A slowly growing employment and business trend known as "co-employment" could make more inroads into Central Pennsylvania in years to come. But at the moment, few businesspeople even know what it is and how it could benefit companies.
Simply put, co-employment is not staffing. Instead, it is an agreement whereby your company hires, fires and manages your employees, like telling Joe Dude what job he's working on today or how to deal with a client or that he's underperformed and it's time to go elsewhere.
In a co-employment business deal, what you won't be doing is managing your employees' benefits, taxes, payroll and even your compliance with workforce-related regulations.
That's the job of your co-employment consulting firm, often called a "professional employment organization" or PEO, which is like having a benefits administrator, payroll company, accountant and general business consultant all rolled into one, according to a national PEO trade group.
"I always compare it to having someone do my taxes," said Pat Cleary, CEO of the National Association of Professional Employment Organizations
. "What he does is minimize my risk."
Essentially, that's what a PEO does: minimizes the risks associated with a small business getting its taxes, payroll or regulatory compliance wrong and paying huge fines or worse, he said.
The employees are full-time members of your company, and the liability is shared by the employer and the PEO, distinct differences from staffing firms.
Client companies use staffing workers on a project basis, said Thomas Readdy, president and CEO of Performance Group Inc.
, a Lancaster County-based staffing firm. When the job is done, the client has no obligation to keep those workers. Performance Group will find jobs elsewhere for the workers, he said. It also manages the back-end paperwork.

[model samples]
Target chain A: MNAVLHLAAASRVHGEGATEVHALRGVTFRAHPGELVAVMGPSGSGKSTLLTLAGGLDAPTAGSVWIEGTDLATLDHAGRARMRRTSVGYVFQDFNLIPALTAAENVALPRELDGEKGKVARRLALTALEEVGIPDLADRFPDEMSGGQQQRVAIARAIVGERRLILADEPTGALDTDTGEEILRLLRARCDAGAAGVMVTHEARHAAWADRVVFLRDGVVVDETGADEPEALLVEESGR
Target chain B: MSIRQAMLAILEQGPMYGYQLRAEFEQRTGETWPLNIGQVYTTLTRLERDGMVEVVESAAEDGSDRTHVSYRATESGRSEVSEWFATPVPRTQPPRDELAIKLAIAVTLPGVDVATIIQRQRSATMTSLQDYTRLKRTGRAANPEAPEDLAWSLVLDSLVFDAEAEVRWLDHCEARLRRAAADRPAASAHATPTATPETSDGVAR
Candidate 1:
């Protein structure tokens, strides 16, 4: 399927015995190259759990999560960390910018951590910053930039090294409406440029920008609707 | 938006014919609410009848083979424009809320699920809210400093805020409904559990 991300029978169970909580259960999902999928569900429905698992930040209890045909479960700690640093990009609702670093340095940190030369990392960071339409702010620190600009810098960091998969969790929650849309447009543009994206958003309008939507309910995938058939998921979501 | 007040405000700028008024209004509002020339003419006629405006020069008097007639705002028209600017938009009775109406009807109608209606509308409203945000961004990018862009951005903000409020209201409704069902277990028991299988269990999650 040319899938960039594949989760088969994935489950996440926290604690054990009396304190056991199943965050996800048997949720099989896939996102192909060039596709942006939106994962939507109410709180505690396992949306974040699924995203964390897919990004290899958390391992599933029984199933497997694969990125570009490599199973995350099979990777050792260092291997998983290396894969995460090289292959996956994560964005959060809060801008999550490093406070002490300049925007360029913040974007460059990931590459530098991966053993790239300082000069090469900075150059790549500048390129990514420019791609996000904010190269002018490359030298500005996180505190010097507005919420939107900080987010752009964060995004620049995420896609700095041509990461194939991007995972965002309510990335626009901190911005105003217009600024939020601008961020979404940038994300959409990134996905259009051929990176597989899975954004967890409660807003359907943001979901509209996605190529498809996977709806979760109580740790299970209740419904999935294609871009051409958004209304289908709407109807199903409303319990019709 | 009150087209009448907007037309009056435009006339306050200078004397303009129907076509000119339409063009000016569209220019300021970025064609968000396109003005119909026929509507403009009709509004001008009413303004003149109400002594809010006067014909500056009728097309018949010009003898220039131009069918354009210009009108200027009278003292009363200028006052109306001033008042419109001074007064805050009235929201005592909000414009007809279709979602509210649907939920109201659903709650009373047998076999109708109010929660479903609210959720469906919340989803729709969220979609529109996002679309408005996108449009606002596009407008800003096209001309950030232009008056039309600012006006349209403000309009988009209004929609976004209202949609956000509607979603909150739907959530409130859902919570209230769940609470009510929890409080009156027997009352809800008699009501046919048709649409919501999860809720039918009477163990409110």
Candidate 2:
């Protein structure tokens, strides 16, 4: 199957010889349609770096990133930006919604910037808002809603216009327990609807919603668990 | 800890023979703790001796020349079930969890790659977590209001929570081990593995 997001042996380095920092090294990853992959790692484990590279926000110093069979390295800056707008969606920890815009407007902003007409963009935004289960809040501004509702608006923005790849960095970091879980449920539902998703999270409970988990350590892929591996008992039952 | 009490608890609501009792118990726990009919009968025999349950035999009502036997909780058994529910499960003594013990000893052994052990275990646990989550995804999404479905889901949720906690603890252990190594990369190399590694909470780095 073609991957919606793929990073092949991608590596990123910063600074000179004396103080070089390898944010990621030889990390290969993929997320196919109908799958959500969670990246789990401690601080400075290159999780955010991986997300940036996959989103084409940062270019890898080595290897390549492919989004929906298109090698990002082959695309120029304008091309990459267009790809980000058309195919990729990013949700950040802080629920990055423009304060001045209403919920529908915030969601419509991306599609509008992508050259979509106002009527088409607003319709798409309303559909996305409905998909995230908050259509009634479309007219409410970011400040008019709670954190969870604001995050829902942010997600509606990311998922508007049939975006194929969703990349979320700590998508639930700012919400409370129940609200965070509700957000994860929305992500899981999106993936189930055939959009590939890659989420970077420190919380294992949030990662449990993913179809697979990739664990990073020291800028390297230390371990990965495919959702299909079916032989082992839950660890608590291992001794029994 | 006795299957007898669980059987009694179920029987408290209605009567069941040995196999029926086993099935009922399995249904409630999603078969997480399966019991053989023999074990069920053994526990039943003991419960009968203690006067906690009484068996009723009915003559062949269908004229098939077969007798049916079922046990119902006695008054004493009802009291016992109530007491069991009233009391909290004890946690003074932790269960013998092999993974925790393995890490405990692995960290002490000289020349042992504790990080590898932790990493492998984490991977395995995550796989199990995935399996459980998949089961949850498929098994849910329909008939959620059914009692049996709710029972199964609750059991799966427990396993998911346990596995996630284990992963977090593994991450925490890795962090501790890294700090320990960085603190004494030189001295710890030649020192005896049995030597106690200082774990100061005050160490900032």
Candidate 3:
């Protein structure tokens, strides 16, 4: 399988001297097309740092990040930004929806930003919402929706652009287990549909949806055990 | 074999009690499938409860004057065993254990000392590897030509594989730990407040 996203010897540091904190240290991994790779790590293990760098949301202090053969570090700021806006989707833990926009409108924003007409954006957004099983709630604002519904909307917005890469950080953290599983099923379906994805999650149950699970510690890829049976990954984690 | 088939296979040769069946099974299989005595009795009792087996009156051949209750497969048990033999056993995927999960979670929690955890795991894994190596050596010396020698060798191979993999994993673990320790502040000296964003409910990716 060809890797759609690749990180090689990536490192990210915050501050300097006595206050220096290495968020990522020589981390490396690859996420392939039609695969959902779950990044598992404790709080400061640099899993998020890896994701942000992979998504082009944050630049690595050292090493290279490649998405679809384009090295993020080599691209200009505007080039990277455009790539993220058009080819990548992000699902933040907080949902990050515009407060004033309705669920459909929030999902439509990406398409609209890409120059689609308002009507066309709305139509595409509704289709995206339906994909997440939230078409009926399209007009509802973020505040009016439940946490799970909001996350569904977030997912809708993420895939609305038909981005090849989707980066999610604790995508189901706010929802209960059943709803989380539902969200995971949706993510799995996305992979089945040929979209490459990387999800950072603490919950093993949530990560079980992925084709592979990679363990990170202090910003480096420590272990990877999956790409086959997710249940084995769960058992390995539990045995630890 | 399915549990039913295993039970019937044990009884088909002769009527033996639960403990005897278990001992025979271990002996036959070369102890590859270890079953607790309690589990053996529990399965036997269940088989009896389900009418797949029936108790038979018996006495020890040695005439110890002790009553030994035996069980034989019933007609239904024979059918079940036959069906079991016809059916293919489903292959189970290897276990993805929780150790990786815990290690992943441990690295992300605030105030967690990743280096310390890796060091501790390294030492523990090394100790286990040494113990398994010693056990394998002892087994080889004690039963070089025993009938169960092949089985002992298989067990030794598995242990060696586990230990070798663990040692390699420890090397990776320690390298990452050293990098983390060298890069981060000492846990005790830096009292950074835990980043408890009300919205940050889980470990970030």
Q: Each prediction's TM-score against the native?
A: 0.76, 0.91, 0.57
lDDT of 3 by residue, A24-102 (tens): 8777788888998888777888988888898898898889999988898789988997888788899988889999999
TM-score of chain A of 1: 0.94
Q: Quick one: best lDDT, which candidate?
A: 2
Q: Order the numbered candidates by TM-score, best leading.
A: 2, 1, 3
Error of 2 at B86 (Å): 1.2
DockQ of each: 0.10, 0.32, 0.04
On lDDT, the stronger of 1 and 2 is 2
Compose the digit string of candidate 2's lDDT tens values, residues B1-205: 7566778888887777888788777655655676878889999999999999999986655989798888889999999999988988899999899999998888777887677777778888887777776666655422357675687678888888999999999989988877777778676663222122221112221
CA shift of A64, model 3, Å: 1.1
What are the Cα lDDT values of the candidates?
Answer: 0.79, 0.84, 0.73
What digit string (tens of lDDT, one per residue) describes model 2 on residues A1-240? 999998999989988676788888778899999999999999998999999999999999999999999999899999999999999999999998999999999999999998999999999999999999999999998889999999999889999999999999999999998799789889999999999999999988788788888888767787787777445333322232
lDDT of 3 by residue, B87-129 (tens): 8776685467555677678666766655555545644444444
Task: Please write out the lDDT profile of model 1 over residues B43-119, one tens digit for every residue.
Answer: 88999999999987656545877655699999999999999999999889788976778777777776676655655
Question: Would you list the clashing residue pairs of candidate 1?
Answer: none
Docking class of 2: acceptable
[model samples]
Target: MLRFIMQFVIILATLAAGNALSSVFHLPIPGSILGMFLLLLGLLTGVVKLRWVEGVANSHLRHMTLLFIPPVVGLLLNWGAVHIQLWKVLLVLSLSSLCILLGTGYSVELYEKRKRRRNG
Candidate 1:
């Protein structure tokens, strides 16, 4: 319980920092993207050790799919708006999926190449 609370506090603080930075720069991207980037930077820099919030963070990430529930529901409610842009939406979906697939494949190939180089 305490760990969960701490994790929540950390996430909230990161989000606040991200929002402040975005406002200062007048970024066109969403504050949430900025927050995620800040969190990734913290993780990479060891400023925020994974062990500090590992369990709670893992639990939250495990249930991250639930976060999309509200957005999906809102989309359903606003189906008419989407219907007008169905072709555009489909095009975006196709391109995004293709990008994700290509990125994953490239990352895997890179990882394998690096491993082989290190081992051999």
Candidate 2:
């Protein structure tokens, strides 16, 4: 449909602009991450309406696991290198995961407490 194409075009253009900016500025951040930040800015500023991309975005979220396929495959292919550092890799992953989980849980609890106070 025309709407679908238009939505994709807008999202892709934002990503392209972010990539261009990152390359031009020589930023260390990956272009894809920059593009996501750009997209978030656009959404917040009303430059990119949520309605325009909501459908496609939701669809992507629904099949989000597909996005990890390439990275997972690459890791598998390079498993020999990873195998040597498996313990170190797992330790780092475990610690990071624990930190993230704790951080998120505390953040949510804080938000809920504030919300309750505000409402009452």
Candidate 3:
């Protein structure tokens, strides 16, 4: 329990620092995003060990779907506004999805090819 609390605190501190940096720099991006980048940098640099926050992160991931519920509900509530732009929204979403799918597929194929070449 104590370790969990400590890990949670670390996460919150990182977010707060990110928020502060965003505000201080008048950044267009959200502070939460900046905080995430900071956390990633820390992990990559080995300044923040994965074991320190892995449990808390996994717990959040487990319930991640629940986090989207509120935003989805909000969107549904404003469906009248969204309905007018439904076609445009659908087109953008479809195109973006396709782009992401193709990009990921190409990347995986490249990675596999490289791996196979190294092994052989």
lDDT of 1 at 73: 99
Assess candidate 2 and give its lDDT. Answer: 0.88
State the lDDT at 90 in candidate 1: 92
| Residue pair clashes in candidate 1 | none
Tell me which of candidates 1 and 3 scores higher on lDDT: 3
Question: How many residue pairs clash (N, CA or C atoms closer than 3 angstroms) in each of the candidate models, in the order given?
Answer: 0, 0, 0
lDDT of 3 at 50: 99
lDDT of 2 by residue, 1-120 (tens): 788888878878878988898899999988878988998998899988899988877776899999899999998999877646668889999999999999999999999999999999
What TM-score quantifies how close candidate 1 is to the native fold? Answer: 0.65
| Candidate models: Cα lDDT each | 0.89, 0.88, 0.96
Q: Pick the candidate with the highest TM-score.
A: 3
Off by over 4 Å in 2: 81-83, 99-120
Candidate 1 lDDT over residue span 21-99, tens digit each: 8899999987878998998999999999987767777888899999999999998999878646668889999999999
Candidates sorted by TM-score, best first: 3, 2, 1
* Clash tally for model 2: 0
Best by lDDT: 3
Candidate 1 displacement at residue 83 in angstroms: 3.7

"The liability is clear-cut," Readdy said. "It's all ours. They're our employees."
PEO arrangements allow small-business owners to focus on growing their companies instead of worrying about the back-end nuts and bolts, Cleary said.
"They went into business because they had a passion about something, whether it was fixing old cars or manufacturing, and PEOs allow them to focus on that passion," he said.
Usually, companies using co-employment have between 20 and 500 employees, he said. The largest he's ever seen was 1,500 employees.
Co-employment is helping small businesses around the country, but the reach of the trend is difficult to calculate, he said.
PEO-using companies are growing about 12 percent faster than your average company, Cleary said. In 2010, the PEO industry grew by 14 percent to $81 billion in gross revenue, defined by total client payroll and fees paid to PEOs, according to the association. It based the numbers on its membership.
There are about 700 PEOs operating across the country, according to the association. But finding one near you could be difficult.
A search of the association's PEO directory for Pennsylvania lists several in New Jersey and New York. Three PEOs were listed in Pennsylvania, one each in Pittsburgh, Montoursville and Weatherly. Cleary said the database is built on association membership and lists from states that require PEO registration.
Pennsylvania does not require PEO registration, according to the state Department of Labor & Industry.
Performance Group's Readdy was largely unfamiliar with PEOs and co-employment, and he couldn't name any midstate companies providing such services or using them.
The Business Journal called about 10 staffing and benefits companies as well as groups helping small businesses. Most groups either did not return phone calls or, if they did, were unfamiliar with co-employment and PEOs. Others often confused co-employment with staffing.
"I don't know of any of my members who are using that," said Mike Mitchell, executive director of the High Center for Family Business
at Elizabethtown College.
About 30 percent of PEOs also own staffing companies, so they can provide diverse services to client companies, Cleary said. In those cases, they might not be advertising the PEO service as heavily as their staffing, he said. Either way, it's not surprising that others are unfamiliar with PEOs even though they've been around for more than 30 years.
"We don't have that big of a footprint in Pennsylvania," Cleary said.
Source: Central Penn Business Journal - Jim T. Ryan